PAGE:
Thank you Pfizer for sponsoring this post. Join Pfizer’s #InspirationLives initiative by sharing your story with the hashtag on Facebook and Instagram to support and inspire those who have been affected by cancer, and be sure to check out the LivingWith™ mobile app available via iTunes and Google Play!
When my husband and I first found out that my son had cancer, we were bombarded with variations of the same question from friends and family:
What do you need?
This typically led into the statement, “Well, let me know if you need anything!”
To be 100% honest, I could barely put 2 thoughts together, much less think of what I needed. For weeks (or months?), I felt like I went through the emotions. Even now, looking back, there are blocks of time that I feel like I can’t recall.
For this reason, I will be eternally grateful to all the people in our lives who did things for our family on their own. From meals brought to our home to shoveling snow from our sidewalk to financial assistance, we had so many people who stepped up and did things that my husband and I didn’t even know that we needed.
My husband and I deliberately decided not to begin any type of funding page, website, or public Facebook page for our son. Due to my son’s age at the time of diagnosis (2 years old), I had mixed feelings about sharing too much information or too many photos on a public page. I wish that there had been a more private way (yet easier than group texting) that would have allowed us to communicate with family and friends.
My son has been in remission for 2 years, but I still try to stay abreast of advances and information that is available for cancer patients. I recently heard of the LivingWith™ cancer support app available on iTunes and Google Play. As part of This is Living with Cancer™ Pfizer has launched LivingWith™, a free mobile app designed to help patients and caregivers manage life with cancer and organize important information in one place. I currently have several friends who are battling cancer, and I wondered how this app would be able to possibly be of assistance to them and the millions of others battling cancer. I downloaded the app version from Google Play on my phone to check it out.
Once downloaded, the LivingWith™ app opens with a screen that highlights the features of the app.
From there, the user must register. For those living with cancer (or the immediate caretaker of someone with cancer), choose the option at the top. Supporters register at the bottom and must have an invite code from someone living with cancer. So, this does mean that someone who wants to view only as a supporter will have to register and create an account, but this also provides privacy for the one living with cancer since the only ones who can access their information are those with the code. If dispersing the invite code is too much of a task for the one living with cancer (or the caregiver managing the site), this task can be delegated to a close family member.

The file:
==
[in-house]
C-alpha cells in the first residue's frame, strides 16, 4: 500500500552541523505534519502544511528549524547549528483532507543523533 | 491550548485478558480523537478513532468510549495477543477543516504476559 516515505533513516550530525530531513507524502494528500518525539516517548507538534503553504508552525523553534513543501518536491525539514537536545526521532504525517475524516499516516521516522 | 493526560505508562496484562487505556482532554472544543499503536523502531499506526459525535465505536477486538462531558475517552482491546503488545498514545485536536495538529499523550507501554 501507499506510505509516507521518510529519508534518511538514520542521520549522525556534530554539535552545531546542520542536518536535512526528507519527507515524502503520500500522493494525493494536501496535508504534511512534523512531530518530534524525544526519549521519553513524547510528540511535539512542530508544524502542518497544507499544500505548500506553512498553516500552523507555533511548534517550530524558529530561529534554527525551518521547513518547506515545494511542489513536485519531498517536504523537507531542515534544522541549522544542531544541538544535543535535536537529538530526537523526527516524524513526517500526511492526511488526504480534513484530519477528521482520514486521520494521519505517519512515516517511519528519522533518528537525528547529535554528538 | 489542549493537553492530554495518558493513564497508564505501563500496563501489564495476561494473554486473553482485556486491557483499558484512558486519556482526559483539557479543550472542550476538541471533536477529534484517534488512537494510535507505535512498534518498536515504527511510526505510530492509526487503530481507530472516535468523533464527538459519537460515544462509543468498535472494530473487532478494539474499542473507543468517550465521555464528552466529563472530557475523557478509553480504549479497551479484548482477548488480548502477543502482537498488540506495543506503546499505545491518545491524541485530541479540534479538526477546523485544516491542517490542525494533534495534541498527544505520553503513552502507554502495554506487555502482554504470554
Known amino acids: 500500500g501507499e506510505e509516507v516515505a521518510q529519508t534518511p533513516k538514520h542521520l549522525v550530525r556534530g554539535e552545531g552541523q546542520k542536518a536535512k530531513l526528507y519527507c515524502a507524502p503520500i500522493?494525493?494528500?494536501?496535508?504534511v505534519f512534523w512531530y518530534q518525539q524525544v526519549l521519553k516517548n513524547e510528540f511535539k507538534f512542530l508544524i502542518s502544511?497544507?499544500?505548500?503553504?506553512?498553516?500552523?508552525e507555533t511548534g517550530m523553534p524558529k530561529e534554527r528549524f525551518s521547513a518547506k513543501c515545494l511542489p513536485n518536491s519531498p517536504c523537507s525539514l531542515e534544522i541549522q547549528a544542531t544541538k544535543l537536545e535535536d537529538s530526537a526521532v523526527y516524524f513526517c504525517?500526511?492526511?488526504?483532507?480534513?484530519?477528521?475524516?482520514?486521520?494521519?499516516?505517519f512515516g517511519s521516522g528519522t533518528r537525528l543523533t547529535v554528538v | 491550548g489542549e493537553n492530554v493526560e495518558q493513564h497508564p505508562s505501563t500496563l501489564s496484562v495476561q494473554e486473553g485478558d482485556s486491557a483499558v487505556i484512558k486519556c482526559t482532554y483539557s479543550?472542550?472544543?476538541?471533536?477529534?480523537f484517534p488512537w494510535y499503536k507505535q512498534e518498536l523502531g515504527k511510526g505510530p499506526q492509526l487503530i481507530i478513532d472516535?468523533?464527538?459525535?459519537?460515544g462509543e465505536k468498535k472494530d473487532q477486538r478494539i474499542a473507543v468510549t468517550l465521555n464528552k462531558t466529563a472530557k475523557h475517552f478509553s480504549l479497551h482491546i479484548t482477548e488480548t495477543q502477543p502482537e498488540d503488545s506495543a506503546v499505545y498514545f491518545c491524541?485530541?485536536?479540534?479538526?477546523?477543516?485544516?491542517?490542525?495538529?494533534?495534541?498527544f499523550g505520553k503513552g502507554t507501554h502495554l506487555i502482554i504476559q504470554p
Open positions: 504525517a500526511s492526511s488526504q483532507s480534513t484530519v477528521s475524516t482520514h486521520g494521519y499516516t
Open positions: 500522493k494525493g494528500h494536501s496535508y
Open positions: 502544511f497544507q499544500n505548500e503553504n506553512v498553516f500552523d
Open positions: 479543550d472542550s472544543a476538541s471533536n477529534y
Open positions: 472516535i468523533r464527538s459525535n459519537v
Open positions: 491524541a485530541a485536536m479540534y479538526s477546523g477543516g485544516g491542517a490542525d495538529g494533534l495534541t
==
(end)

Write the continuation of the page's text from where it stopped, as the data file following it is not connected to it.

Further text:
After registering as a patient, the app allows you to choose your name, upload a photo and choose the cancer type for personalization. I did note that my son’s type (kidney) was not provided on the list, so I skipped this step, but most other cancer types were listed.
My favorite part of the app is the “Requests” section. It was difficult for me to ask for favors, and sometimes I needed a last minute favor but didn’t know who to call. It would have been nice to have a place to ask for favors for things I needed without calling a dozen people, sending out a group text, or asking around on Facebook.
The LivingWith™ app also has sections to record well-being and for keeping track of questions and test results.
Overall, the LivingWith app is a helpful tool for those living with cancer. I know how overwhelming living with cancer can be, and the LivingWith app allows many aspects to be gathered in one place.
For more information and to download the LivingWith mobile app, please visit www.ThisisLivingwithCancer.com.
I was selected for this opportunity as a member of CLEVER and the content and opinions expressed here are all my own.